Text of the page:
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Drift Fishing
By TeamWhiskers
Vince

The drift chain is designed to stir up everything on the bottom. Tie it on your engine mount with a half hitch and let the rope stay up in the boat so all you have to do is give the rope a yank and drag it in later… Haven't you ever heard of throwing a ˝ gallon milk jug over filled with concrete and some will even attach the pole tip bells above it to make even more of a racket. You want to get them moving out of their dormant stage for these techniques. Keep making swipes 20 to 30 feet apart. You have 6 foot of the back of your boat to work out of and if your poles on the outside are out at a 45 degree angle then you have 10 to 12 feet for your spread. Do not run more than 2 poles a person as drifting, things happen very fast. This is for drifting off the back of your boat. If your boat drifts sideways, you are even better off with more room.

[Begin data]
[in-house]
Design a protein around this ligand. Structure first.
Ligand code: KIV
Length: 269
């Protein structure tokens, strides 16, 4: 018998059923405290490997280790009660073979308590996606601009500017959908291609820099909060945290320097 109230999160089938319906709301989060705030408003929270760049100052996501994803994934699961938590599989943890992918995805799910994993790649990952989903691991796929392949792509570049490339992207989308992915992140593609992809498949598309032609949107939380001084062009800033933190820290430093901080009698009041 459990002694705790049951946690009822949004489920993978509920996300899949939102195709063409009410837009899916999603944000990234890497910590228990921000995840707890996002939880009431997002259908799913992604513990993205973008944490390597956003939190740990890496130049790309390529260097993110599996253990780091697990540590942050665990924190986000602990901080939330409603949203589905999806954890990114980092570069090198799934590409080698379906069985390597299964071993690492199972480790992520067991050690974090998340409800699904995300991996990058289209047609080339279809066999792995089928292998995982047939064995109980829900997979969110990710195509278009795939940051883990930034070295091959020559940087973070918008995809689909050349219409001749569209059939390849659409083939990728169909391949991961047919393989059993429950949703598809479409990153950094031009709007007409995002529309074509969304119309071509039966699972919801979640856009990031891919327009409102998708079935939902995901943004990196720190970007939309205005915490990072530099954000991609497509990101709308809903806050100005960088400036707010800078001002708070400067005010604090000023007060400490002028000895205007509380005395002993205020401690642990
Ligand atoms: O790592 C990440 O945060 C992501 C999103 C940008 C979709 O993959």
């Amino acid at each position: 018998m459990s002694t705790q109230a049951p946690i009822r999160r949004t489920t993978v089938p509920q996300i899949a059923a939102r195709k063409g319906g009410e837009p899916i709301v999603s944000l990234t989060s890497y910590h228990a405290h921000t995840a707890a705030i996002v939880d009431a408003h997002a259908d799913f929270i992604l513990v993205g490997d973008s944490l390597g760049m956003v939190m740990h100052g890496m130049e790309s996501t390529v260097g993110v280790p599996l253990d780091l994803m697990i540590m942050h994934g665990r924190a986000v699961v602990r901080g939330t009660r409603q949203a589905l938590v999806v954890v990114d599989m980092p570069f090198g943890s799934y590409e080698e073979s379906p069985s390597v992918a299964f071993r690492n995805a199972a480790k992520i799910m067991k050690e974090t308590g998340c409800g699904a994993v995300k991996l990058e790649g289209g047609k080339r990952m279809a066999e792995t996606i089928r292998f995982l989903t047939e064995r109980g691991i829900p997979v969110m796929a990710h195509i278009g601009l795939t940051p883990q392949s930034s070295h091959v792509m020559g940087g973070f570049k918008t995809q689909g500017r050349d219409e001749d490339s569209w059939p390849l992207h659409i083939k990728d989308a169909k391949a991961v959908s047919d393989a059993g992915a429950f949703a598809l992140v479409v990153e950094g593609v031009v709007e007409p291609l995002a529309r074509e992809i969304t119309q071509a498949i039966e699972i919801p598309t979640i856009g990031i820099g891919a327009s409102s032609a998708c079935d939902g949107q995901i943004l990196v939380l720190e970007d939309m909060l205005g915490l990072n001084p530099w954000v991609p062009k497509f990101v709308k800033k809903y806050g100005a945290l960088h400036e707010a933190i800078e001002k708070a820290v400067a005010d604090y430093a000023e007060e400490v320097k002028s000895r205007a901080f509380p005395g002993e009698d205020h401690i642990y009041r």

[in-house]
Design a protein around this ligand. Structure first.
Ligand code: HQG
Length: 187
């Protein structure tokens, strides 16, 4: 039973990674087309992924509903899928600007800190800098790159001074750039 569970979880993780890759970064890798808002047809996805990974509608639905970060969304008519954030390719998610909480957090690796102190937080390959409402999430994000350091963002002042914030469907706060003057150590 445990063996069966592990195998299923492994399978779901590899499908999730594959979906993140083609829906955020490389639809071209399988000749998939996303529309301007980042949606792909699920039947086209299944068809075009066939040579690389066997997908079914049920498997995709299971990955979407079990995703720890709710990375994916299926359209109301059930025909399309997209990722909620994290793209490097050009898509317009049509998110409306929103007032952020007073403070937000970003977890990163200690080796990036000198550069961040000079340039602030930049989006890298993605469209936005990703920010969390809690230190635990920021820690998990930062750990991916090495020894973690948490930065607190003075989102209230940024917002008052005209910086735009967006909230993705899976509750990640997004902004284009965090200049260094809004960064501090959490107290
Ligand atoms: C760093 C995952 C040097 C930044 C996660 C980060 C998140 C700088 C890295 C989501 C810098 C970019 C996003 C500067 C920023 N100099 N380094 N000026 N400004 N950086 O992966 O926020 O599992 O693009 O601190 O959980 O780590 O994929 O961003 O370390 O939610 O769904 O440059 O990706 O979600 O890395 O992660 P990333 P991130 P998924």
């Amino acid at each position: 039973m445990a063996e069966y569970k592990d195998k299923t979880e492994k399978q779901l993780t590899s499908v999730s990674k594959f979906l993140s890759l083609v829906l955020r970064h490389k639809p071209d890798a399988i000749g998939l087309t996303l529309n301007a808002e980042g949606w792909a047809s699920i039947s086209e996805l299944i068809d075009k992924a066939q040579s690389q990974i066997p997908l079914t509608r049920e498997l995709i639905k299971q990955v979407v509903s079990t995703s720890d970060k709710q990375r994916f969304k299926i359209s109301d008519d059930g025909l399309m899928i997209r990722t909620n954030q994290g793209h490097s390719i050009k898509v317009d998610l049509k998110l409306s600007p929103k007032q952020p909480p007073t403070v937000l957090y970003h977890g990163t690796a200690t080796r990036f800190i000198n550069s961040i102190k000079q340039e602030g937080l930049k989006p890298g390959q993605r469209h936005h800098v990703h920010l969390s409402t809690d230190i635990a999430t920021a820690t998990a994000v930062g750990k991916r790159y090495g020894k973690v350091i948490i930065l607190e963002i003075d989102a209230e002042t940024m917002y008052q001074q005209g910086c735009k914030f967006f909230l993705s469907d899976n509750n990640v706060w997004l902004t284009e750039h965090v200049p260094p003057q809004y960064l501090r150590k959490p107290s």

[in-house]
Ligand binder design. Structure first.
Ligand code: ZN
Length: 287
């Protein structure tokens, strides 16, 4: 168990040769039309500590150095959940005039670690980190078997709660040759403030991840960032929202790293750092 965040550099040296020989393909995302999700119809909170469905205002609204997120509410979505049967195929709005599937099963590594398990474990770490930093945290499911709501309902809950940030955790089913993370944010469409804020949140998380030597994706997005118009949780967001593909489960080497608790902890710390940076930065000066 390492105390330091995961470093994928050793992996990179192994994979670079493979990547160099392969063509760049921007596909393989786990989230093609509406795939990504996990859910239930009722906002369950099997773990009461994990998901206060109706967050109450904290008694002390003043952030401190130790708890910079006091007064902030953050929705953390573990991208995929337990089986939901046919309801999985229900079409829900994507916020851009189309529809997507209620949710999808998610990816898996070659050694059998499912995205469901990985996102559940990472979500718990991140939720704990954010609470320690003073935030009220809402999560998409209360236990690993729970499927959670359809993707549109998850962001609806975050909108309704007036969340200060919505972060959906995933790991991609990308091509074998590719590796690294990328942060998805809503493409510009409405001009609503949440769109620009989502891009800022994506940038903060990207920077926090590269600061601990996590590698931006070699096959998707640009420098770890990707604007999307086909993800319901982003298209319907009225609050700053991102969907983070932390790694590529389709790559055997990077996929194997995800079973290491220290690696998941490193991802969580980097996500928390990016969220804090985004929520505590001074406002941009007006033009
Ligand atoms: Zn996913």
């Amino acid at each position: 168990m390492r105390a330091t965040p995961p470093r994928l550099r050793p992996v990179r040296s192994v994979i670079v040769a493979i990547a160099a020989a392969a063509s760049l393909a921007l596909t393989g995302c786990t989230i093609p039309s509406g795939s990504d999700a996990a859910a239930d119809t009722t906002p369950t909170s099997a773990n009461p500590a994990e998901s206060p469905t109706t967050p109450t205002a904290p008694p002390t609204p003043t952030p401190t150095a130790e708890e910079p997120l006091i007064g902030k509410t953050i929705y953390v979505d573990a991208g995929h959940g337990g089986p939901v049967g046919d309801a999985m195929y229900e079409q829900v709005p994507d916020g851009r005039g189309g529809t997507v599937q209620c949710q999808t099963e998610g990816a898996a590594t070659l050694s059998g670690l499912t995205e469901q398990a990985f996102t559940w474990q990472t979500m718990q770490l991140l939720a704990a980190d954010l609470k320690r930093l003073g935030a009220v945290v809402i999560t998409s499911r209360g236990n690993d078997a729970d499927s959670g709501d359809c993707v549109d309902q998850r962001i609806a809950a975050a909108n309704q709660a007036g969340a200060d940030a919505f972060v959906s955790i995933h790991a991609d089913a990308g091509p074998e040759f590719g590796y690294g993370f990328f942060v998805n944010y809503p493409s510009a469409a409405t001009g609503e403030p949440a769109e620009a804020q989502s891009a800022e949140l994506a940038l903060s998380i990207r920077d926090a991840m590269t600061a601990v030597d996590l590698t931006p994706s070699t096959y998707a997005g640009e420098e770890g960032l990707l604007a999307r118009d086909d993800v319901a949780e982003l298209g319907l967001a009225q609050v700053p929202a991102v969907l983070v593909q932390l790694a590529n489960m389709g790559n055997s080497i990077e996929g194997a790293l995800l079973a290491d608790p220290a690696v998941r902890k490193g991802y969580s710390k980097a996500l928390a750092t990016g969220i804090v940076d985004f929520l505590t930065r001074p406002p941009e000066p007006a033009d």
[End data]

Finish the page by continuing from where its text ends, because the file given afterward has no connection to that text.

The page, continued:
Let’s keep this simple… Don’t get to fancy with the rigs. It is all over hyped anyhow. All you are going to do is loose tackle and take up valuable time. Just tie your hook onto your main line and a foot and a half to two foot up the main line put on a two way swivel with 3 foot of 6 pound test and a drop sinker just enough to get it down there. I like to over loop it on so I can adjust it if I want. Sometimes you can even add a float just above the hook to make sure it gets off the bottom your desired height. If you have clickers, set them about 5 pounds above your drift rates to save your poles from snags if you are not on top watching them closely.

Drift Fishing© copyrighted 2006 All rights reserved
Feb. 9, 2006

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